An important technical event just occurred in the Bitcoin market. For the first time in more than a year, Bitcoin’s 50-Day Simple Moving Average (SMA), now at $19,825 just moved to the north of its 200-Day SMA, now at $19,723. When the 50-Day SMA moves above the 200-Day SMA, technicians refer to this as a “golden cross” – a sign that there has been a meaningful positive shift in the market’s momentum. Tuesday’s golden cross is only Bitcoin’s seventh in the last 10 years.
Some analysts see a golden cross as a buy signal, or at least include it in the suite of technical and other indicators that they monitor when making trading decisions. Both the 50 and 200-Day SMAs are widely followed technical indicators by investors, hence a golden cross could potentially lead to higher buying pressure in the Bitcoin market, should it encourage more buyers to enter the market.
What Next For Bitcoin After the Golden Cross?
With the golden cross now confirmed, many investors are asking whether this is a good buy signal. Not necessarily. As discussed in a recent article, golden crosses have a mixed history of success as a Bitcoin buy signal.
If you were to have bought Bitcoin at the time of each of the last seven golden cross events and held for 90 days, you would have been up on your investment four out of seven times. The margin of these gains would have varied wildly between 10-80%. One time out of seven, you would have been flat after 90 days, and on two occasions you would have been down (by 20% and 45%).
If you were to have held for 365 days, you would have been up five out of seven times. Again, the magnitude of gains over this time period varies wildly from 25% to 400%. The two occasions when you would have been down after 365 days coincided with the brutal bear markets of 2014 to early 2015 and of late 2021 into late 2022.
If you tweak the buy signal and only buy when a golden cross happens after the 50-Day SMA has been below the 200-Day SMA for a prolonged period of time (i.e. after a Bitcoin bear market, not during a choppy bull market), the results are arguably more bullish. If you bought and held for 365 days after the July 2015, October 2015 and April 2019 golden cross events, you would have returned a respective (roughly) 130, 120 and 25%.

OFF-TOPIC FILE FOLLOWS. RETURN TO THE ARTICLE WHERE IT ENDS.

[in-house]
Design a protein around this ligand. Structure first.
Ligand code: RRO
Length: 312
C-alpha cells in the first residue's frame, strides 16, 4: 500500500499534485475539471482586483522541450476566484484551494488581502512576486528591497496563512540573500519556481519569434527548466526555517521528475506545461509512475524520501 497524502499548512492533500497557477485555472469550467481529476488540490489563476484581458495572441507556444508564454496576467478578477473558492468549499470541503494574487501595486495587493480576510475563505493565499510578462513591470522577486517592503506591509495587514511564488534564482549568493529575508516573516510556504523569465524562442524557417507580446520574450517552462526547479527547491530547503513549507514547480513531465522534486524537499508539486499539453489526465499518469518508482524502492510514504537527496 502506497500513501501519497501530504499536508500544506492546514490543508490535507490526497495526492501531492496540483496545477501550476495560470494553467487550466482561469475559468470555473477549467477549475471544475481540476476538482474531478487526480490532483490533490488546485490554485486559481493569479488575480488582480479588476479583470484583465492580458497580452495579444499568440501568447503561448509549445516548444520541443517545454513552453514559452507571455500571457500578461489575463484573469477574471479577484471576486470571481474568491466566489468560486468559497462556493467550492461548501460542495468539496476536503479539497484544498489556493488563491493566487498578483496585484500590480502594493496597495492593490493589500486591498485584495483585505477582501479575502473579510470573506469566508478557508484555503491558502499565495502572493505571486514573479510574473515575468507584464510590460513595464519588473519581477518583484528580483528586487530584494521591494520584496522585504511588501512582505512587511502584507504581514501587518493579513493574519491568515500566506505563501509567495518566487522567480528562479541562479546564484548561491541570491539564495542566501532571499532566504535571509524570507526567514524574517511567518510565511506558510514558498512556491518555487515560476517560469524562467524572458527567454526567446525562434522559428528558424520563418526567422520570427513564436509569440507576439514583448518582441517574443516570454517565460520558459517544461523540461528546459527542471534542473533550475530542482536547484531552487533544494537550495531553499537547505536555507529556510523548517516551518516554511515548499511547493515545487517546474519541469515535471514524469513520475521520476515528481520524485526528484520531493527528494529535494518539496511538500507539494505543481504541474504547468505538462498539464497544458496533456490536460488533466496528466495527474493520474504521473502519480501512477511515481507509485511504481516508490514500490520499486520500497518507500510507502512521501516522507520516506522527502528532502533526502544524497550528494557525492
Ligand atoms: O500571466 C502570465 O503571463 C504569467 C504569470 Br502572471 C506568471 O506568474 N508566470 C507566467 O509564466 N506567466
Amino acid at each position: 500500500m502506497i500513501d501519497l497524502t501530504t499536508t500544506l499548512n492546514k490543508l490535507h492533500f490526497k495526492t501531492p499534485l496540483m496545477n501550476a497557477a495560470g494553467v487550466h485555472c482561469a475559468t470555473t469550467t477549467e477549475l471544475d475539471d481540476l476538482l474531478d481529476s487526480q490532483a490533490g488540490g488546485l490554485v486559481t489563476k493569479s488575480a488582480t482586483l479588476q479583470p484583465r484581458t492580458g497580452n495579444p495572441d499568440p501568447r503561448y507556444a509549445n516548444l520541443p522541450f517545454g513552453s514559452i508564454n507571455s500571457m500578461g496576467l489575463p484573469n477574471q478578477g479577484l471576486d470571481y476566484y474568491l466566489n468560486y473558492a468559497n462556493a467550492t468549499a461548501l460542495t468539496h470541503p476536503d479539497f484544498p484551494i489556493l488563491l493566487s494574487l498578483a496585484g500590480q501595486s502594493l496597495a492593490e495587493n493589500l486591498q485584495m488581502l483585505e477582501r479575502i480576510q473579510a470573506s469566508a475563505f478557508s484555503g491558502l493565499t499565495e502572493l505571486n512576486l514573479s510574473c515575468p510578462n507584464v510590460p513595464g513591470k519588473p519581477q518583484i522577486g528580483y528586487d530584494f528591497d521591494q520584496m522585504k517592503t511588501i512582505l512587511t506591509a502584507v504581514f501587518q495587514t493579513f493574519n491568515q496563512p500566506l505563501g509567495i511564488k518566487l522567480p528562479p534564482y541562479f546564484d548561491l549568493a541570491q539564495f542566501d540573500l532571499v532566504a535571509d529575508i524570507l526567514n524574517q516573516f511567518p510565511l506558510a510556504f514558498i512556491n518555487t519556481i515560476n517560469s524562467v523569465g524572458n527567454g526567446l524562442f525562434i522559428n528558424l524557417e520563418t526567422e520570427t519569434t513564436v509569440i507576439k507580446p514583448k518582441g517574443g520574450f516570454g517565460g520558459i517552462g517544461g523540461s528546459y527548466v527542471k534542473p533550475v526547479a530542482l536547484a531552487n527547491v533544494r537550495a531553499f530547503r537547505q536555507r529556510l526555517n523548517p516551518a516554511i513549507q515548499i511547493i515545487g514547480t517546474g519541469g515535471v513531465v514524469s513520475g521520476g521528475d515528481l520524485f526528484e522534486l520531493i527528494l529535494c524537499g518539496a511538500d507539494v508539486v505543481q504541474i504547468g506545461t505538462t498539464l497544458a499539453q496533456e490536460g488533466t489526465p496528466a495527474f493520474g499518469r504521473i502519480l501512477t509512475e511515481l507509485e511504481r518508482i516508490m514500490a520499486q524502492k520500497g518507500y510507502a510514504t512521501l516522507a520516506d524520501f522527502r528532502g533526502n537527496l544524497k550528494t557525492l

As in these aforementioned occasions, the latest golden cross has happened after the 50-Day SMA had been underneath the 200-Day SMA for a prolonged period of time. Given historical precedent, a 100% gain in the next year is feasible. In other words, we could easily be talking about Bitcoin hitting the mid-$40,000s in early 2024.
Bitcoin Also Sees Weekly Death Cross, But Bottom Could Well Be In?
Complicating things is that Bitcoin has just seen its first-ever “death cross” on the weekly candle sticks. More specifically, the 50-Week SMA has moved under the 200-Week SMA for the first time in the cryptocurrency’s history, a signal that the Bitcoin bears will surely be clutching onto.
However, that is just one bearish signal against a mounting list of bullish signals. As also discussed in a recent article, seven out of eight technical and on-chain indicators tracked by analysts at crypto analytics firm Glassnode in their “Recovering from a Bitcoin Bear” dashboard are flashing that the bottom is in. Separately, another key on-chain indicator tracked by crypto analytics firm CryptoQuant called the Profit and Loss (PnL) Index just sent a definitive buy signal for the first time since 2019.
Positive on-chain and technical signs come as Bitcoin’s adoption by the broader population continues, with the number of non-zero balance wallet addresses likely to soon hit a new record high. Meanwhile, analysis of Bitcoin’s long-term market cycle, such as a recent thread from @CryptoHornHairs and according to Bitcoin’s stock-to-flow pricing model, suggest the cryptocurrency is probably in the early stages of a multi-year bull market.
One threat to the bull narrative is if the US Federal Reserve is forced to take interest rates higher than markets are currently pricing for in 2023. Markets are currently betting on a few more rate hikes to around, or just over 5.0%, before rate cuts arrive late in the year. But as Fed Chair Jerome Powell warned on Tuesday, if the US jobs market remains as strong as it has been as of late, more tightening might be required. However, we are still only talking about a potential 100 bps of additional rate hikes this year, much less than the more than 400 bps of tightening seen in 2022.